Does anybody remember the Wally Armstrong "Circular Power Golf" video series from the 1990s? The one with the coathanger and sponge as training aids?  This is probably where Leslie Nielsen got some of the ideas for his "Bad Golf' video (opening scene showing "Billy" with a beach ball between his legs and a stick on his back).

Paul Wilson of Revolution Golf teaches pretty much a fool proof swing (kind of a simplified stack n tilt).  It is a coordinated motion.  Lower body is quiet on the backswing (if the backswing is done correctly, one's talking should be labored at the top).  Hips start the downswing, then the shoulders turn and then the wrists rotate through impact.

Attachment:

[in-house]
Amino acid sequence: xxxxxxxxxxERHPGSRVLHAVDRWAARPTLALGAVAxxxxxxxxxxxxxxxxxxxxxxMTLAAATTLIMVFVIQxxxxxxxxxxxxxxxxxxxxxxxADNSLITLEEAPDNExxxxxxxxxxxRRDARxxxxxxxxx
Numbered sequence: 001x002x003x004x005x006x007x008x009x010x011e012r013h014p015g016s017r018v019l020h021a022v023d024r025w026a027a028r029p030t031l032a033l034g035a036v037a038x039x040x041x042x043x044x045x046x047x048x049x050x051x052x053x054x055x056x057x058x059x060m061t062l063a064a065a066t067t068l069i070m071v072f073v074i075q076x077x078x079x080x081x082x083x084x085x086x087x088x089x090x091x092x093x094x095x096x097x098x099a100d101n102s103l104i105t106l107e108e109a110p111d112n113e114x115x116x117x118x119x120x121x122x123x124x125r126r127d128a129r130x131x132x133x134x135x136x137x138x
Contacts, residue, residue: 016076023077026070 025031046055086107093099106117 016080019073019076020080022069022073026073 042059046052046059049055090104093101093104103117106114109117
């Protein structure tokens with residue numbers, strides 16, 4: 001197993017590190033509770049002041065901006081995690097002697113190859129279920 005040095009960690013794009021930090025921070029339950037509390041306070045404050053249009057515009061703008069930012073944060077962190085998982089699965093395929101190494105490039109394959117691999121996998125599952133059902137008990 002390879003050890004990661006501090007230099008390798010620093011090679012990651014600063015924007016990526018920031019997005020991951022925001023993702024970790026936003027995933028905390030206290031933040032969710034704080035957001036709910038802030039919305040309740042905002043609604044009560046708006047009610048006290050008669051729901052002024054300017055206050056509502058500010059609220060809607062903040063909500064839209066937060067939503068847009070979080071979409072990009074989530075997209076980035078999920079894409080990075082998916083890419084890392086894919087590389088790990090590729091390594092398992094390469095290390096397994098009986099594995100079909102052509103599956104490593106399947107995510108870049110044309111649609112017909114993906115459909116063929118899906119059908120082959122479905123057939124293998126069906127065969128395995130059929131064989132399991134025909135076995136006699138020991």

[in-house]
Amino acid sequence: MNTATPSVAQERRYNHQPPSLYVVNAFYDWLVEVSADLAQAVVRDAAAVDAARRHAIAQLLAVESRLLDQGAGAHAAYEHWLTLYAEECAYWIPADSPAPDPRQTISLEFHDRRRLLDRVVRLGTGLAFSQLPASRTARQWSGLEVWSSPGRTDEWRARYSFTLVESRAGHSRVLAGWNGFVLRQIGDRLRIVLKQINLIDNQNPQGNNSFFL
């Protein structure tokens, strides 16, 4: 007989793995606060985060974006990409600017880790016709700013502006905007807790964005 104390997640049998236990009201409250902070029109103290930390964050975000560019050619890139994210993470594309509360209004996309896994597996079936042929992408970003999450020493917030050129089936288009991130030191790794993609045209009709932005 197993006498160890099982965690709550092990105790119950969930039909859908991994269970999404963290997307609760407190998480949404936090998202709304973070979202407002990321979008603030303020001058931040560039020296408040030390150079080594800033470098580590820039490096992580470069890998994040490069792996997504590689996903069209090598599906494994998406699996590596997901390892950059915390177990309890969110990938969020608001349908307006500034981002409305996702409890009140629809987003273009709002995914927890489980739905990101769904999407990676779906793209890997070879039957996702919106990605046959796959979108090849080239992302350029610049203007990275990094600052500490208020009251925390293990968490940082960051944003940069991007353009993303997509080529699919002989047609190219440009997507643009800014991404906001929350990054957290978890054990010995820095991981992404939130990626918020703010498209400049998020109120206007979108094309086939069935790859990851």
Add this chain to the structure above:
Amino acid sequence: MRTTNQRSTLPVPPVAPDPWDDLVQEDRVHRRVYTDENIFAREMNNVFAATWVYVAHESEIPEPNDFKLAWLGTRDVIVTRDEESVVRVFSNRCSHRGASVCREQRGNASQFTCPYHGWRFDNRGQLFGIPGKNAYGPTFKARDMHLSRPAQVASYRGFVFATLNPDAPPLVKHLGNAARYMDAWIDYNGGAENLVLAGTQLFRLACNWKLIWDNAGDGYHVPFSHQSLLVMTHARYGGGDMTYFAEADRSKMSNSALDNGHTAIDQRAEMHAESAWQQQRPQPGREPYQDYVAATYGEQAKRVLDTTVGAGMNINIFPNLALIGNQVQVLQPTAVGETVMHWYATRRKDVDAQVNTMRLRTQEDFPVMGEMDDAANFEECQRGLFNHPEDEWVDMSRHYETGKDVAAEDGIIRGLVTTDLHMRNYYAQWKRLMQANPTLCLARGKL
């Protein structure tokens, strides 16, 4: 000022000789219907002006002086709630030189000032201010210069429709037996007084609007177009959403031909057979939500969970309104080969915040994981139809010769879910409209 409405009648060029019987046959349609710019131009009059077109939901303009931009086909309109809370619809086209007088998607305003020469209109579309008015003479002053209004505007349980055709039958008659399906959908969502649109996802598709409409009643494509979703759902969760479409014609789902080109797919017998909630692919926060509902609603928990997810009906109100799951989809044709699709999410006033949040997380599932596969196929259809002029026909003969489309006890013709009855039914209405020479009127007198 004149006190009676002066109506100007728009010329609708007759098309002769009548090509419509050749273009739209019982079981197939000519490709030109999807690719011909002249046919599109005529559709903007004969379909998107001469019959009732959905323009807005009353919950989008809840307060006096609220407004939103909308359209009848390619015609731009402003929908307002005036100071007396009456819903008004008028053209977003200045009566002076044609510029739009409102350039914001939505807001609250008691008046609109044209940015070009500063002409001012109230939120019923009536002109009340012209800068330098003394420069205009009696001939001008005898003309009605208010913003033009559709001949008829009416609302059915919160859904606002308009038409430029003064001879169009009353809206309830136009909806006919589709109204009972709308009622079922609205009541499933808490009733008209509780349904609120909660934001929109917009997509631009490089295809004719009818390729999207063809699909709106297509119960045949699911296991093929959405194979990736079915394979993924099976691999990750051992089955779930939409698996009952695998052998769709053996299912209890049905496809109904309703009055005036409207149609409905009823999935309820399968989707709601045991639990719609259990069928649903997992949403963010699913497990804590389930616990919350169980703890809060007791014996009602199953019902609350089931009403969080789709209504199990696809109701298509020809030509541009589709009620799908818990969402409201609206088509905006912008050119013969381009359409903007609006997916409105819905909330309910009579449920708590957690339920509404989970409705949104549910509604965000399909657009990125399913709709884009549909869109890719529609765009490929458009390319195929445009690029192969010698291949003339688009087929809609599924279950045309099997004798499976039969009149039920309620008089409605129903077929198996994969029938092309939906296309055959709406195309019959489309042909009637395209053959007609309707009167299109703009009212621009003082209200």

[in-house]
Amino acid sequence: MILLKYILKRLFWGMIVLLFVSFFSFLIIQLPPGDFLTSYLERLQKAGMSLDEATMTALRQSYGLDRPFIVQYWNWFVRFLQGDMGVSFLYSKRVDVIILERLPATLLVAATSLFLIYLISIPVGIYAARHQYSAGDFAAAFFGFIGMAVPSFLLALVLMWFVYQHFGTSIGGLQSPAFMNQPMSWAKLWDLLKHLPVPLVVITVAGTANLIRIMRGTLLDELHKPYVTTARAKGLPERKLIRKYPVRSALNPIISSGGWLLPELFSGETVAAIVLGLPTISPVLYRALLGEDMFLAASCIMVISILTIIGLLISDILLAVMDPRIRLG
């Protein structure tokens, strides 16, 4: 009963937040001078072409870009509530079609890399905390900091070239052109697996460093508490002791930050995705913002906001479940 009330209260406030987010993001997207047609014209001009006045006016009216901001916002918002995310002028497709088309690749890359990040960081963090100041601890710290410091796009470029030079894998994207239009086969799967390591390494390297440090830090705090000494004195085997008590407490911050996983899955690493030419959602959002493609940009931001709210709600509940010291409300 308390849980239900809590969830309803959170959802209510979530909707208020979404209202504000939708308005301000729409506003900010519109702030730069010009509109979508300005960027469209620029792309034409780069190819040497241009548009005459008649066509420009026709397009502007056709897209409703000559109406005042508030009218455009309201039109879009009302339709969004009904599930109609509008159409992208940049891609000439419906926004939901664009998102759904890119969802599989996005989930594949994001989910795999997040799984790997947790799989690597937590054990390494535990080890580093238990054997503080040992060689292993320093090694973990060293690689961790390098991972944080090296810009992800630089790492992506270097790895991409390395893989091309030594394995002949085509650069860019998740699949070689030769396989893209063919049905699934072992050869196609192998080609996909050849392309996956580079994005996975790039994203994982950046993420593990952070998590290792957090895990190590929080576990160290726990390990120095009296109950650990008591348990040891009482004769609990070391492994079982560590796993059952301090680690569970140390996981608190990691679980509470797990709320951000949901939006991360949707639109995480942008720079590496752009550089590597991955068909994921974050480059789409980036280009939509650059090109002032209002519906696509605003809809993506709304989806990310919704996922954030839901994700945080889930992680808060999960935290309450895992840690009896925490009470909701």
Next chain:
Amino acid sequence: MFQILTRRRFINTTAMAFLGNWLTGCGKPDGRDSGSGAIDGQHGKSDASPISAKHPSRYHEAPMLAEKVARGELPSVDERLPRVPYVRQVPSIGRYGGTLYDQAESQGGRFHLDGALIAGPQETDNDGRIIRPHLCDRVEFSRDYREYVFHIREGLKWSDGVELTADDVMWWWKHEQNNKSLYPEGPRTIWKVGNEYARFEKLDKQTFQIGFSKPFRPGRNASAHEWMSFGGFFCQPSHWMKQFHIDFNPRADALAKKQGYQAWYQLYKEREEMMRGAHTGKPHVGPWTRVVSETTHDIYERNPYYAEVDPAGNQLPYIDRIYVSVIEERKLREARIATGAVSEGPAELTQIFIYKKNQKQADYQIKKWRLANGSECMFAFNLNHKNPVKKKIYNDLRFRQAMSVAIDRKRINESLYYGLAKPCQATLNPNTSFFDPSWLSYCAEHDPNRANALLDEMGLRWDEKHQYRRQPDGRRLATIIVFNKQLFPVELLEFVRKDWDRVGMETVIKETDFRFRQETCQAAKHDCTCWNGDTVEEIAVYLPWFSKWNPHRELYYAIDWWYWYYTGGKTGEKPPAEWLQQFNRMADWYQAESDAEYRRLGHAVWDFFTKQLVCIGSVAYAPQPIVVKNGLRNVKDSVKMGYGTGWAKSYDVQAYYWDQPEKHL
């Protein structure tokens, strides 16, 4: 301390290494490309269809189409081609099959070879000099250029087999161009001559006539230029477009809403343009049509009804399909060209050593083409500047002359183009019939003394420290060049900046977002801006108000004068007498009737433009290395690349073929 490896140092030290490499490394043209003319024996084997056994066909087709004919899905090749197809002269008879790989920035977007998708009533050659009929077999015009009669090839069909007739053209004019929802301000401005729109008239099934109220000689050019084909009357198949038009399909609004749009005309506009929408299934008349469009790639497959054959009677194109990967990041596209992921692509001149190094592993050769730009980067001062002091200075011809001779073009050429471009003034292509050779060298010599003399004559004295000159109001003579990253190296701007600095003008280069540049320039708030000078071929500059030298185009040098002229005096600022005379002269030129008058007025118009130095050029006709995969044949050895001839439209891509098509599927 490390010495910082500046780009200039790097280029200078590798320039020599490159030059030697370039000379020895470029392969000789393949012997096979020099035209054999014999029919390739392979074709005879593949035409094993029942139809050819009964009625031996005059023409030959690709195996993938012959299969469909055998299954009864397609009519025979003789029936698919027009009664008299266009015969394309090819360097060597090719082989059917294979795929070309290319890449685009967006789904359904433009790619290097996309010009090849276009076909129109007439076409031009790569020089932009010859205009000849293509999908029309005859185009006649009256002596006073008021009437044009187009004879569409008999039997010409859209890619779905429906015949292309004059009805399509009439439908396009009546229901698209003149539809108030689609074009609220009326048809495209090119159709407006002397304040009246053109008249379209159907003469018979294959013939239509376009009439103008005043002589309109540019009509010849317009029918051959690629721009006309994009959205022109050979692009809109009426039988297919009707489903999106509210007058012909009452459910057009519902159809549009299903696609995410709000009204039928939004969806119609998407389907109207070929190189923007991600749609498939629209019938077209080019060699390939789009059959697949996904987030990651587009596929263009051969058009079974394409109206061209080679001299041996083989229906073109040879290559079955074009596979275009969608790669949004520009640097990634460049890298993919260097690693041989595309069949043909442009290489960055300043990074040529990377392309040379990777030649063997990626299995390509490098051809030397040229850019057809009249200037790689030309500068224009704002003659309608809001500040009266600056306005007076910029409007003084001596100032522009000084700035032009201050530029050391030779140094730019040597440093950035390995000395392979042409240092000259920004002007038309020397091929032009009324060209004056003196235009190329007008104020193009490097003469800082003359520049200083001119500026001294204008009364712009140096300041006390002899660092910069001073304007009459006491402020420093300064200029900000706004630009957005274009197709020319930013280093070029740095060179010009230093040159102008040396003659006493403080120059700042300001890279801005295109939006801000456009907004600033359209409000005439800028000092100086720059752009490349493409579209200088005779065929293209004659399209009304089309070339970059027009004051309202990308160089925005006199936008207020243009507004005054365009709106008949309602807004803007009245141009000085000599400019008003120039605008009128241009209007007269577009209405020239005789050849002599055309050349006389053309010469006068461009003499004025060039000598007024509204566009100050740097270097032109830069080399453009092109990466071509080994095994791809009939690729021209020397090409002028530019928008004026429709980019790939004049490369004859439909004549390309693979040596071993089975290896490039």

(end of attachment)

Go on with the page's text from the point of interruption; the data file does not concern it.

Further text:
Even Martin Hall teaches that the front arm and wrist rotates and the rear wrist hinges.

The Big 90 Degree Backswing  Parallel at the Top is the biggest cause of swing faults.  Tendency to overswing makes it difficult to shift the weight to the front foot.    The left foot comes off the ground on the backswing because people overswing. 

In baseball they teach you to get your weight into it when swinging.  There's also no big 90 degree backswing in baseball,either.

Michael C

I think your title of "big muscle swing" is confusing.

What I think you are asking is if someone is advocating a handsy swing where the wrists and forearms really turn over a great deal during the downswing (ernie els, tiger woods, bubba watson) or a less wristy swing more closed at the top and holding it open on the way through (Steve Stricker, Furyk, Zach Johnson, DJ).

I guess that depends on how good your timing is, less hands usually equals a square clubface through the hitting zone if your holding the swing open from a closed position at the top.